"The key is to get the right information to the right people at the right time," explains Fischer. He ought to know. In addition to his career in property management, Fischer is a veteran volunteer firefighter and paramedic in Howard County, Maryland—and he also is the public information officer (PIO) for the county’s Department of Fire and Rescue Services. "The challenge for a property manager is that the information the tenants need will be different from what the public needs and different from what the owner needs. Ideally, you should have methods to communicate quickly, effectively and simultaneously with all of those parties," he says.
And then, you add in first responders. "As the property manager, you may be privy to information from the fire or police department, but you may not be able to release that information to anyone," notes Fischer, adding that first responders are the ultimate authority—even though tenants and even the press may turn to the building manager for answers.
It has been Fischer’s experience that most reporters are sincerely interested in getting out the right story. But, with limited air time and a quickly moving news cycle, a two-minute interview with a property manager may turn into a two-second sound bite that may or may not be the message that the property manager intended.
Thankfully, such communication is largely out of the hands of the property manager. "In all honesty, my hands are full in any crisis," says Trimboli. "I can’t also be in front of the building talking to the media. And, why would I want to when I have a great team at 200 Park [CBRE’s headquarters] who do media relations for a living?"
He advises that even a simple message, such as, "At this time, we are monitoring the situation and we will keep you apprised when we have further information," can go far to relieve the anxiety that is part and parcel of any building crisis.
In the case of the subway incident, Trimboli explains: "When the city posted the correct news, I took that whole message and sent it out to my tenants. In the end, you have to say something. But, you can’t speculate."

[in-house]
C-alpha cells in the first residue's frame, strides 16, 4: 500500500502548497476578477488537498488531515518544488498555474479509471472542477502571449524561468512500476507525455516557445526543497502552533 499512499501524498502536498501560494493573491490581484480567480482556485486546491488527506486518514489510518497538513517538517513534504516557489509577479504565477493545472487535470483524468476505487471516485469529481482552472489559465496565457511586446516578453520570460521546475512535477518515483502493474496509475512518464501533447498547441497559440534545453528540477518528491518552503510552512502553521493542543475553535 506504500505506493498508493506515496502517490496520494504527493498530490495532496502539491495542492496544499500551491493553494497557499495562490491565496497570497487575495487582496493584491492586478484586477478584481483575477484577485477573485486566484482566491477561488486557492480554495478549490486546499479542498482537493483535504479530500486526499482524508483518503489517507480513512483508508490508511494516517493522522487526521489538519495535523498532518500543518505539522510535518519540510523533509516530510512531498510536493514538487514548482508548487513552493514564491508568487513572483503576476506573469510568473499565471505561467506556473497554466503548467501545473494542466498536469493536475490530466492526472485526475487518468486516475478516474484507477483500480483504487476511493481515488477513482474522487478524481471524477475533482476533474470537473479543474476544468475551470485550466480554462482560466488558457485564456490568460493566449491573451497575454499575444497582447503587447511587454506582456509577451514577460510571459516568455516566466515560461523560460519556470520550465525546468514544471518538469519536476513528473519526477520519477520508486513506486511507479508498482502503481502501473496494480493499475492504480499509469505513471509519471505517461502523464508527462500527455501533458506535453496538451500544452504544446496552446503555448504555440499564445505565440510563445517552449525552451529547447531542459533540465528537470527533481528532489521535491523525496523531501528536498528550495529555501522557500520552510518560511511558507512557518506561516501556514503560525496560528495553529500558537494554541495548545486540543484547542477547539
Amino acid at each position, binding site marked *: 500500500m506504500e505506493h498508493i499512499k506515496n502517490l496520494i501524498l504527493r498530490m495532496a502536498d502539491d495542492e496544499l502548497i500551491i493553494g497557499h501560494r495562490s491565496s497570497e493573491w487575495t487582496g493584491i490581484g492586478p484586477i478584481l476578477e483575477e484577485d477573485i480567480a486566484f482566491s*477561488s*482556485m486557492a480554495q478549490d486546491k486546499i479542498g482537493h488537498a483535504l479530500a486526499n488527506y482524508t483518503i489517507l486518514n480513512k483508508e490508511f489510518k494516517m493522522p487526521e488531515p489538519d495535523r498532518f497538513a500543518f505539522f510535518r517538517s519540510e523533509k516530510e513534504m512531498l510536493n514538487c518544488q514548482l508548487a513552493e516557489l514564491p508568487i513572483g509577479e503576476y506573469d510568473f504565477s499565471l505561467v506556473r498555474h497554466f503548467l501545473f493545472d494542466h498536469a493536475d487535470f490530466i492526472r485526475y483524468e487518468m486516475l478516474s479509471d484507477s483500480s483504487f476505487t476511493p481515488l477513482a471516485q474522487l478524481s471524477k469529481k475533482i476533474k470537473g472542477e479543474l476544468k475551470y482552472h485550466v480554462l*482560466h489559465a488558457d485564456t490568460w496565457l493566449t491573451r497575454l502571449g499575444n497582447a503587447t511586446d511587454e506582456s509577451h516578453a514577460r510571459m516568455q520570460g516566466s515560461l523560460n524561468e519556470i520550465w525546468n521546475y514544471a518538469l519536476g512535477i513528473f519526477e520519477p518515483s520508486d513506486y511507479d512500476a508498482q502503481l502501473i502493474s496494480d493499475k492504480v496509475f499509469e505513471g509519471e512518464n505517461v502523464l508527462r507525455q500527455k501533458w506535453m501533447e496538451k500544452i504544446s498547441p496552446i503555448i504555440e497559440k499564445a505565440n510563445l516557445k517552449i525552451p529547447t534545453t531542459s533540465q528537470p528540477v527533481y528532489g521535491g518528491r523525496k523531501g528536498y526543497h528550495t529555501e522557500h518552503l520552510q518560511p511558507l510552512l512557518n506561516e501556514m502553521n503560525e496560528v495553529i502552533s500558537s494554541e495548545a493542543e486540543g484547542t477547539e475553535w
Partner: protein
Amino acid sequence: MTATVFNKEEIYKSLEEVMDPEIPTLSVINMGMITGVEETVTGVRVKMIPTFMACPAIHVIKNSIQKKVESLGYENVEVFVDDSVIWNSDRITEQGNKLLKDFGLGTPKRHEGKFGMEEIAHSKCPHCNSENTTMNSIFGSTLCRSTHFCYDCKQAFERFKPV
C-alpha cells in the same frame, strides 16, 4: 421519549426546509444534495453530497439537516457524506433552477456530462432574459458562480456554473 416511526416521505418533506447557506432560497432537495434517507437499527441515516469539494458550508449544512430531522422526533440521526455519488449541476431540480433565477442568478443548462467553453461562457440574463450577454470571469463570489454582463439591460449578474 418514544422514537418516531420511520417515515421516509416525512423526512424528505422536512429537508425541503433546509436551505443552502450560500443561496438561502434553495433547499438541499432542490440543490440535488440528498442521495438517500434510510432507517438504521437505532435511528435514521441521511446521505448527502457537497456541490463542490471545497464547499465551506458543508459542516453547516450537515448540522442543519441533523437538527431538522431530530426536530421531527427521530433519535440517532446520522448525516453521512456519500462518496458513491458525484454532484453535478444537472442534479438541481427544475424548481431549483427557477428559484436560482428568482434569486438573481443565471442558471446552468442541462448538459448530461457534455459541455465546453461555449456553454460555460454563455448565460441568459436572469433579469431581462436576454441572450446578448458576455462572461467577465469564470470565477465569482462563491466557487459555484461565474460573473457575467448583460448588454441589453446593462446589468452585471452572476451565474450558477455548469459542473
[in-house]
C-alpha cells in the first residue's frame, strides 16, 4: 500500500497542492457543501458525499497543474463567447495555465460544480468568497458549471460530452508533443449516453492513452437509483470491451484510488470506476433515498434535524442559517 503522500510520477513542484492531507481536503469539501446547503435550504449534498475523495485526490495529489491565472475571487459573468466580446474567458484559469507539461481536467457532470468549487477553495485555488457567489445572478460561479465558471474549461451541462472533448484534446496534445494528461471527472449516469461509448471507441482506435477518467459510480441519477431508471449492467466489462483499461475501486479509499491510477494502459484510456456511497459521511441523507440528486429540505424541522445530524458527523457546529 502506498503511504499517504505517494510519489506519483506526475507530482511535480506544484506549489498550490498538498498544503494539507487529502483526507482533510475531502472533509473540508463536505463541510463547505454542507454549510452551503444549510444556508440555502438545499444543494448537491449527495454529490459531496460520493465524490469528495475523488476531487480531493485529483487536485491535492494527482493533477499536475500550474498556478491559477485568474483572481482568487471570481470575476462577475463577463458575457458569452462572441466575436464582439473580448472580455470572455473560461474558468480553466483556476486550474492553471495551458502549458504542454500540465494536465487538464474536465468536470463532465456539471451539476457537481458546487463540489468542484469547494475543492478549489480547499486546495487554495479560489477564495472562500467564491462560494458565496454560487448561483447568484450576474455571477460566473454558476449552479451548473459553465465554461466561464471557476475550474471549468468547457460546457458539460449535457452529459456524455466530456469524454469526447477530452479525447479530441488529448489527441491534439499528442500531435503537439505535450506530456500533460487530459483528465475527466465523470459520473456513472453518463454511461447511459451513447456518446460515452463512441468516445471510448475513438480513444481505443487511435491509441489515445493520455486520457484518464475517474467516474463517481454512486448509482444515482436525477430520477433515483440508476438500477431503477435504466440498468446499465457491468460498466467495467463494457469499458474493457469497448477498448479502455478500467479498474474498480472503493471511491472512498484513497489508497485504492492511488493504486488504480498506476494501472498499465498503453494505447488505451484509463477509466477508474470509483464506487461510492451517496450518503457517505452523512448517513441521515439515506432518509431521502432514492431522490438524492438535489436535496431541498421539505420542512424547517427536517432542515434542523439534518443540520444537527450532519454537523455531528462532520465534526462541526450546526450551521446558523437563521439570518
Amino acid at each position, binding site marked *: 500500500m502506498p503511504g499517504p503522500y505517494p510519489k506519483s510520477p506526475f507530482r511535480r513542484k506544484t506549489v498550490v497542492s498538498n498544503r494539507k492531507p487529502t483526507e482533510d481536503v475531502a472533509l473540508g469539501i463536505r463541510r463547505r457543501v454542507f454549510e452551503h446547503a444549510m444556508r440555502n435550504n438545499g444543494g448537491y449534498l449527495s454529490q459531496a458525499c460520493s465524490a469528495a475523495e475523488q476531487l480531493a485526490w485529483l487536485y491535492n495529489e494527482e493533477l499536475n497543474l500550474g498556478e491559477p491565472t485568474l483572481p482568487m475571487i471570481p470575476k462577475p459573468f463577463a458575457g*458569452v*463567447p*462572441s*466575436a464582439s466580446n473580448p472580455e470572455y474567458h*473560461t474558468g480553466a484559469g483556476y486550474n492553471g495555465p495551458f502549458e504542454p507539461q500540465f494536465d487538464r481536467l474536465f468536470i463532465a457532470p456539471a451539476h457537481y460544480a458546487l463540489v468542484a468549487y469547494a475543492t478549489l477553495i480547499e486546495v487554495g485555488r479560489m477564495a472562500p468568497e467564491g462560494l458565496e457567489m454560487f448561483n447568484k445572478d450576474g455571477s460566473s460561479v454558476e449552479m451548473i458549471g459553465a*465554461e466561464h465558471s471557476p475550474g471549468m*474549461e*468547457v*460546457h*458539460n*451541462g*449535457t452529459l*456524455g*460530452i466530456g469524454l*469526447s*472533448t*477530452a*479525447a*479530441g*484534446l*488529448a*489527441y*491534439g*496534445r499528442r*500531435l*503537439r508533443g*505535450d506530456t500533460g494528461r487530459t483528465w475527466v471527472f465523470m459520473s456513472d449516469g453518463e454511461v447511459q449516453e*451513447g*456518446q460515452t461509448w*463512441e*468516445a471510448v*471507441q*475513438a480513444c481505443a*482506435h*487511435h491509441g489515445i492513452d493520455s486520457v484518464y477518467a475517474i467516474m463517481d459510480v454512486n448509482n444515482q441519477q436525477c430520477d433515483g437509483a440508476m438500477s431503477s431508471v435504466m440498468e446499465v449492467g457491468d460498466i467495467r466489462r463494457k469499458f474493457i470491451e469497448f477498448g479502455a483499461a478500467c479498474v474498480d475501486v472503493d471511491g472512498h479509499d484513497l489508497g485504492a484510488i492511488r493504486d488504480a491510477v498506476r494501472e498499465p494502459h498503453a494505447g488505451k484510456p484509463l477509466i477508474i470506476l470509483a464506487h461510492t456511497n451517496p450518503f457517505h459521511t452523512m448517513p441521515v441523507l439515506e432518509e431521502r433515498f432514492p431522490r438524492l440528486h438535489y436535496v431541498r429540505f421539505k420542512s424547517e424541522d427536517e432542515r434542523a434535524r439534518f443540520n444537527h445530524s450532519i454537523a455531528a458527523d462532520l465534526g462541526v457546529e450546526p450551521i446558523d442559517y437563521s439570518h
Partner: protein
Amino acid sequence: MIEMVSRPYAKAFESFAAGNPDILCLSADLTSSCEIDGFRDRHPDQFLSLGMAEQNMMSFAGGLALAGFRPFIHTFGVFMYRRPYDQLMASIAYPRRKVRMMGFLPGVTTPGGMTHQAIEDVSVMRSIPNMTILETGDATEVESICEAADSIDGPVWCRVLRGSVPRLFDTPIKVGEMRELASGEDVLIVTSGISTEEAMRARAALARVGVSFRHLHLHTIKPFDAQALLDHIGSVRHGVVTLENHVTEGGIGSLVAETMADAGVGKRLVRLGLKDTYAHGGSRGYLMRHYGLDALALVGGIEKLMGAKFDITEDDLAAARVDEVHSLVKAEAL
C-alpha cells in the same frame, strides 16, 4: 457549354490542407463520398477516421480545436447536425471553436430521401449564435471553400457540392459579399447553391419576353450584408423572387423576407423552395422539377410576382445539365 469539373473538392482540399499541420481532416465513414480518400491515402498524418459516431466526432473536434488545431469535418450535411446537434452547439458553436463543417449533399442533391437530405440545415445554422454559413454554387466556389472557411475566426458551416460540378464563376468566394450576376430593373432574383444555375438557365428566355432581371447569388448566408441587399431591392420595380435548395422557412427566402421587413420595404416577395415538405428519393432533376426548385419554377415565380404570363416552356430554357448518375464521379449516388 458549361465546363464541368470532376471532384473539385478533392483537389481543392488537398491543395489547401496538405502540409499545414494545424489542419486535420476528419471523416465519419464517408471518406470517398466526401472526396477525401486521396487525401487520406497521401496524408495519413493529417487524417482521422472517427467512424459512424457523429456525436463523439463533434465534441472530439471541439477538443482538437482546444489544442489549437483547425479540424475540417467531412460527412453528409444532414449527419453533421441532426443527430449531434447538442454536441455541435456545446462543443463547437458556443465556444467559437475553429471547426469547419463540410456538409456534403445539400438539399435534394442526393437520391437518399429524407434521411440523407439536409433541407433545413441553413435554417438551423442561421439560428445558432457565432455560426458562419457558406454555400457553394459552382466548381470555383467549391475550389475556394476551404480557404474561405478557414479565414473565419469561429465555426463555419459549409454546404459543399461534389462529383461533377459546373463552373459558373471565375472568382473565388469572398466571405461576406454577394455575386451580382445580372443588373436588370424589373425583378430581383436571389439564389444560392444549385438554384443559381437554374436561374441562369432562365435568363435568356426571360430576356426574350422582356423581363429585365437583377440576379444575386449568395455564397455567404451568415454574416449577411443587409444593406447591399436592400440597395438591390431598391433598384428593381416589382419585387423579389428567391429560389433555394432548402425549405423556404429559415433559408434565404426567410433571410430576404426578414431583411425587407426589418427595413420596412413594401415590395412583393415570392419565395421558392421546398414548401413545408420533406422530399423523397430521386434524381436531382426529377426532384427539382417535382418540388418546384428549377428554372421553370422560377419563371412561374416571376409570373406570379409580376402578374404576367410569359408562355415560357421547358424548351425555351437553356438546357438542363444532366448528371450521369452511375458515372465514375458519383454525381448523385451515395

Like CBRE, Liberty Property Trust has an ironclad corporate communications protocol. "Liberty has a very clear policy that all media requests be directed to our corporate office," says Joseph M. Reilly, a general manager with Liberty Property Trust who manages four buildings in Washington, D.C., totaling to roughly 900,000 square feet. "A mistake some property managers make is to think they need to be their own emergency broadcasting service," he says. But, as Reilly points out, in a place like the nation’s capital, "there are so many great professional resources that already exist."
Reilly divides crises into two camps: municipal and building-specific. For the former, "I always recommend that my tenants subscribe to local services that are better equipped to push this information than I am." He cites AlertDC, an early-alert app managed by the District of Columbia’s Homeland Security and the Emergency Management Agency, as well as a number of similar call-to-action sites run by the various business improvement districts (BIDs).
"I have three buildings in the Golden Triangle BID and one in the Downtown BID," Reilly explains. "The Golden Triangle, in particular, is amazing with the alerts they push out, and they do a great job updating all contact information. So, whenever there’s a gas leak or a Metro station is closed, I’m quick to know because I’m getting alerts—and I’m getting them as soon as my tenants do."
"It’s part of crisis communication, making sure your tenants are safe and informed when disaster strikes."
– Louis Trimboli, CBRE